BY RICHARD NEBEL
This is a response to Archbishop Wester’s recent pastoral letter on nuclear weapons. I do not work at Los Alamos National Laboratory, but I did work there for 30 years, two of which were in the nuclear weapons program. I do not speak for LANL.
At the end of WW II the US military stood down. The boys went home and we had 5 combat divisions worldwide. The Russian army did not stand down and they had 125 divisions in Eastern Europe alone. If we had gotten into a conventional war with the Russians, they would have kicked our butts. Nuclear weapons, and the fact that the US does not have a no first strike policy, turned out to be the equalizer that provided deterrence.
Russia and China still maintain large standing armies. Both of them still have mandatory conscription, which we eliminated in 1972. They need these large armies in order to repress their own people. Large standing armies are anathema to democracies, and we have a smaller professional army. Large armies are expensive, and the fact that democracies don’t need them is an inherent advantage over authoritarian systems.
When Ronald Reagan was elected in 1980, he did not want an arms race. However, he decided that if we were going to have one, he intended to win it. He put Pershing missiles in Germany, increased the size of the Navy, and initiated the “Star Wars” program. The Soviet Union had to both retain their large army to repress their own population as well as respond to an arms race. They couldn’t keep up, and their government eventually collapsed. We won the cold war without a shot being fired. I think we should presently consider a similar strategy with both the Russians and the Chinese.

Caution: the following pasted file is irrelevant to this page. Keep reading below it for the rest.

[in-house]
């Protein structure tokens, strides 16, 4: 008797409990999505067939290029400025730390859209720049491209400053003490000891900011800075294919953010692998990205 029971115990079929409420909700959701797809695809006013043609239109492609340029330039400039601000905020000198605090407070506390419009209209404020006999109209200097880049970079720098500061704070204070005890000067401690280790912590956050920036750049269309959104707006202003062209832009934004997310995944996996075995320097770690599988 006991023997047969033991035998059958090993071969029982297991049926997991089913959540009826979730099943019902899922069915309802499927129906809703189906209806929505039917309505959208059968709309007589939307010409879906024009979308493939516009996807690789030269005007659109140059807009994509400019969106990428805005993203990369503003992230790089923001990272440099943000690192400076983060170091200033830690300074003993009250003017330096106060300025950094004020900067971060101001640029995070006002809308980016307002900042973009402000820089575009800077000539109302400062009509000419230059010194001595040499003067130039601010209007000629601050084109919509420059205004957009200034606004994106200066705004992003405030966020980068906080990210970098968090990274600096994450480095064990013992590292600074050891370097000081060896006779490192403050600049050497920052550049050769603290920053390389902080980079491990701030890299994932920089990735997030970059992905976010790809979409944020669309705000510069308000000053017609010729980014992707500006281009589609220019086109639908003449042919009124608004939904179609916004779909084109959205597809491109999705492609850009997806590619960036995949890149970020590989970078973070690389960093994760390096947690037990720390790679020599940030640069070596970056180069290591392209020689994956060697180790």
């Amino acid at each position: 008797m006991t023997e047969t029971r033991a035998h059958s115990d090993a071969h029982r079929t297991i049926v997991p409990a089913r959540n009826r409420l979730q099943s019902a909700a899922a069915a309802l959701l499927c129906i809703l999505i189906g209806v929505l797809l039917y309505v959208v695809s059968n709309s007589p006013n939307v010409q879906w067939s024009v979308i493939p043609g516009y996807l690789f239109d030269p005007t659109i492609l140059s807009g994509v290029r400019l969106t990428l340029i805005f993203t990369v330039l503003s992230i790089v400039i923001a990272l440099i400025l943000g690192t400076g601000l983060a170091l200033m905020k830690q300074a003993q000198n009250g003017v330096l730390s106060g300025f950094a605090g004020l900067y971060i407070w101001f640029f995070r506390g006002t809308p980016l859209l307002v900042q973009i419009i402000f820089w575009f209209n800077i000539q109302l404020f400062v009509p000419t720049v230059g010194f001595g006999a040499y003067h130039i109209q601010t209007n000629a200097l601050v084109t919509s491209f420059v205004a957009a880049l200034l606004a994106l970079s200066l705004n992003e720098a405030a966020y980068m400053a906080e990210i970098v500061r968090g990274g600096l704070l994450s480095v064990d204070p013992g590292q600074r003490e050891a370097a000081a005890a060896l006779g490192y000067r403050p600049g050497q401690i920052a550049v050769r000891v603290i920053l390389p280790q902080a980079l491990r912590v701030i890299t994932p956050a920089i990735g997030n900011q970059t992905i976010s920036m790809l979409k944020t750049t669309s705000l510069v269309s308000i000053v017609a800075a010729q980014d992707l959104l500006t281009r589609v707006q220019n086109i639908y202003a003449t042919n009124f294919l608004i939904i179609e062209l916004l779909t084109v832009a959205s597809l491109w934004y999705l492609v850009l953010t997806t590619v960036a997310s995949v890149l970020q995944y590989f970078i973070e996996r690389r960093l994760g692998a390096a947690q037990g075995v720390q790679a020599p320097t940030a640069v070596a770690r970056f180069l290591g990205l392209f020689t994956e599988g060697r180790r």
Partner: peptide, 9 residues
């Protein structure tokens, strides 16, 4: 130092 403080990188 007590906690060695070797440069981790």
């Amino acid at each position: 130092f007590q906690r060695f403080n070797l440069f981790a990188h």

In 1983 Harold Agnew (director of LASL in the 1970s) gave a talk at a symposium commemorating the 40th anniversary of the founding of Los Alamos. Agnew was one of four Los Alamos scientists who were sent to Tinian to arm the bombs that were dropped on Hiroshima and Nagasaki. He flew on the Hiroshima mission. He made the observation that whenever he was criticized for doing this, it invariably came from someone who wasn’t alive when it happened. During WW II, the Germans were feared and the Japanese were hated. One of the reasons the Japanese were hated is that, among other things, the United States was showing Japanese and German propaganda films to the public so they could see how these people behaved. The Japanese films showed them using US POWs for bayonet practice. It showed them beheading people. I have been to Japan several times and they are probably the most polite people in the world. But during WW II they were absolutely brutal to everyone who wasn’t Japanese. As bad as Nazi Germany was, 93% of our POWS came back from Germany. 25% came back from Japan. Let me remind the Archbishop that New Mexico suffered disproportionately at the hands of the Japanese since New Mexico had National Guard units that were trapped in the Bataan peninsula.
But that isn’t even the worst of it. Perhaps we should talk about the 2 million artillery shells containing arsenated mustard gas that the Japanese buried in Manchuria when they evacuated. Or the exploits of Unit 731. https://en.wikipedia.org/wiki/Unit_731 These guys make Josef Mengele look like a piker. These people were never even held accountable for their war crimes. And you are portraying the Japanese as the “victims” of WW II?